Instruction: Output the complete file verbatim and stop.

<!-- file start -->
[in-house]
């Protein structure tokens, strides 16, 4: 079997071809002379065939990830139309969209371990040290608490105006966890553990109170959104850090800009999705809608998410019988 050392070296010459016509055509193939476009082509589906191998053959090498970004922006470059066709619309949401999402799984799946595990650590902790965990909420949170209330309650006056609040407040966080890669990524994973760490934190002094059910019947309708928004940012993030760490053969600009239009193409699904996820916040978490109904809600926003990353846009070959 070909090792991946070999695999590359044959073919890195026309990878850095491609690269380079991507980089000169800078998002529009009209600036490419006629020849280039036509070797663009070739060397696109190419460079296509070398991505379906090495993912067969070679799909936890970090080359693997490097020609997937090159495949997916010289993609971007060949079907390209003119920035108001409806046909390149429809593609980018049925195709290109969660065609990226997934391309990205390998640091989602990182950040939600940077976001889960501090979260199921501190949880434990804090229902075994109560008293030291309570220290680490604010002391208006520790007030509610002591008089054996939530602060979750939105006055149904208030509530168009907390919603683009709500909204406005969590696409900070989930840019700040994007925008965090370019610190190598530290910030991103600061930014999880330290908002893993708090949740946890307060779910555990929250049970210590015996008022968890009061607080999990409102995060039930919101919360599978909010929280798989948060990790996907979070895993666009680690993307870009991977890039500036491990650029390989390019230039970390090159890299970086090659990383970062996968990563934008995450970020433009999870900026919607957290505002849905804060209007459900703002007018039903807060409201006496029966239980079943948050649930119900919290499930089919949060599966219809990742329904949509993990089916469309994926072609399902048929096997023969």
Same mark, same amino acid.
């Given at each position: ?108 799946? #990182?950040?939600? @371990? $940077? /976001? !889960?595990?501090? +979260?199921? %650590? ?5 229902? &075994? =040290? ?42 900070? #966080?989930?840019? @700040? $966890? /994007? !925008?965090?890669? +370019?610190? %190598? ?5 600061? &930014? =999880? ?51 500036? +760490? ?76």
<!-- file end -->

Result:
[in-house]
């Protein structure tokens, strides 16, 4: 079997071809002379065939990830139309969209371990040290608490105006966890553990109170959104850090800009999705809608998410019988 050392070296010459016509055509193939476009082509589906191998053959090498970004922006470059066709619309949401999402799984799946595990650590902790965990909420949170209330309650006056609040407040966080890669990524994973760490934190002094059910019947309708928004940012993030760490053969600009239009193409699904996820916040978490109904809600926003990353846009070959 070909090792991946070999695999590359044959073919890195026309990878850095491609690269380079991507980089000169800078998002529009009209600036490419006629020849280039036509070797663009070739060397696109190419460079296509070398991505379906090495993912067969070679799909936890970090080359693997490097020609997937090159495949997916010289993609971007060949079907390209003119920035108001409806046909390149429809593609980018049925195709290109969660065609990226997934391309990205390998640091989602990182950040939600940077976001889960501090979260199921501190949880434990804090229902075994109560008293030291309570220290680490604010002391208006520790007030509610002591008089054996939530602060979750939105006055149904208030509530168009907390919603683009709500909204406005969590696409900070989930840019700040994007925008965090370019610190190598530290910030991103600061930014999880330290908002893993708090949740946890307060779910555990929250049970210590015996008022968890009061607080999990409102995060039930919101919360599978909010929280798989948060990790996907979070895993666009680690993307870009991977890039500036491990650029390989390019230039970390090159890299970086090659990383970062996968990563934008995450970020433009999870900026919607957290505002849905804060209007459900703002007018039903807060409201006496029966239980079943948050649930119900919290499930089919949060599966219809990742329904949509993990089916469309994926072609399902048929096997023969």
Same mark, same amino acid.
């Given at each position: ?108 799946? #990182?950040?939600? @371990? $940077? /976001? !889960?595990?501090? +979260?199921? %650590? ?5 229902? &075994? =040290? ?42 900070? #966080?989930?840019? @700040? $966890? /994007? !925008?965090?890669? +370019?610190? %190598? ?5 600061? &930014? =999880? ?51 500036? +760490? ?76």